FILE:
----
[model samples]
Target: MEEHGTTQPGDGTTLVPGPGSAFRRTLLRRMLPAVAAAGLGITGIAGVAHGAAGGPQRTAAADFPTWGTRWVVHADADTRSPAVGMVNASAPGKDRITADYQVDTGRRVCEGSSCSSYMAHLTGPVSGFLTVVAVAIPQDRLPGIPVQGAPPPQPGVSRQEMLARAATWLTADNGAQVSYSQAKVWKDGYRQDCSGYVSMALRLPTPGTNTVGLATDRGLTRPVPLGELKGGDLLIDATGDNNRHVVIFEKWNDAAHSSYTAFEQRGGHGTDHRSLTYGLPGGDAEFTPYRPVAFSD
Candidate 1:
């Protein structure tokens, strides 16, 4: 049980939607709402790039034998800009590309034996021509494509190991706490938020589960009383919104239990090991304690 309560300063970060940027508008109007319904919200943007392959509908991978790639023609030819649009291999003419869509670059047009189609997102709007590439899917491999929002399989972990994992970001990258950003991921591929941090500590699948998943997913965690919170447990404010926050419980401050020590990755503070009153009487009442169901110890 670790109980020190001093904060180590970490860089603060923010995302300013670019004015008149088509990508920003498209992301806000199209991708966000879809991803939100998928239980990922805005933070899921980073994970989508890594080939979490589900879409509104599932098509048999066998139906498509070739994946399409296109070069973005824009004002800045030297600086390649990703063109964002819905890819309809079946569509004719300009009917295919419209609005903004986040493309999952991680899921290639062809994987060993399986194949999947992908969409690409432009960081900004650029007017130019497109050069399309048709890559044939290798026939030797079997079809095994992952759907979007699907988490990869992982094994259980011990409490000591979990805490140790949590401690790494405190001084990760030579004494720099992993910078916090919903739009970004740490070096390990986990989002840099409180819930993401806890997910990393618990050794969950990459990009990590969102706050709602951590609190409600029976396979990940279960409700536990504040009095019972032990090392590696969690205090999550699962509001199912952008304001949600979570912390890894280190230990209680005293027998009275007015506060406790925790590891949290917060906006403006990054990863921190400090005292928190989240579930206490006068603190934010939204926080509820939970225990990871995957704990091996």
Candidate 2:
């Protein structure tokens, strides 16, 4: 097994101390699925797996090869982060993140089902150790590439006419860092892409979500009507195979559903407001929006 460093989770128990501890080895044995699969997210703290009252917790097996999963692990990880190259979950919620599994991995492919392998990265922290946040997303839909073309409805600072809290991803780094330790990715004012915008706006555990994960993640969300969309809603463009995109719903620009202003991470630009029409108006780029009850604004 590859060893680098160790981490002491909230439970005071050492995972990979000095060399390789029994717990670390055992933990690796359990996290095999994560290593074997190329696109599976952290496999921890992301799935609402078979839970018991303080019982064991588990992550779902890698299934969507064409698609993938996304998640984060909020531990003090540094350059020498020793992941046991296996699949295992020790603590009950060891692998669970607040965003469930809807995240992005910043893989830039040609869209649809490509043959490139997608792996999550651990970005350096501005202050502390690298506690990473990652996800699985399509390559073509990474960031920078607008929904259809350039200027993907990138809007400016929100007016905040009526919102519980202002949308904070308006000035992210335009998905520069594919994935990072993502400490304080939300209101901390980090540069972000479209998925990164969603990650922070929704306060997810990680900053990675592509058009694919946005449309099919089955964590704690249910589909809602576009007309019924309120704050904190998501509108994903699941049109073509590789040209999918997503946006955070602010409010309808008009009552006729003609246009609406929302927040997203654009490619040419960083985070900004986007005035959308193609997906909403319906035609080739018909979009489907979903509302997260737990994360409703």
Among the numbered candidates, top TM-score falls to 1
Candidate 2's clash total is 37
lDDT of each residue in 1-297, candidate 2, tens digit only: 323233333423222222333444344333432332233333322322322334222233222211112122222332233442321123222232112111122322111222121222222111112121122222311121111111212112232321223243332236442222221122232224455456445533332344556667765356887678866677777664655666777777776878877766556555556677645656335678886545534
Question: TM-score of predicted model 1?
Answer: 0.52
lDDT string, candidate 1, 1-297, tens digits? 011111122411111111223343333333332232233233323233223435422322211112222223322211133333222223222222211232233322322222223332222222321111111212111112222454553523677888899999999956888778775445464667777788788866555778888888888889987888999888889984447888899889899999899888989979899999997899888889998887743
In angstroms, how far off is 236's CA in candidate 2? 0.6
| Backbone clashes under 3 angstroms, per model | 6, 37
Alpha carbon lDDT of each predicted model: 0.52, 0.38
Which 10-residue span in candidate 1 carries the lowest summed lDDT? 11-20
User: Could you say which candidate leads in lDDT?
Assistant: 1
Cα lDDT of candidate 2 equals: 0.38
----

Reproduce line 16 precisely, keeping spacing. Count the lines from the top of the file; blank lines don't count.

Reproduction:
Which 10-residue span in candidate 1 carries the lowest summed lDDT? 11-20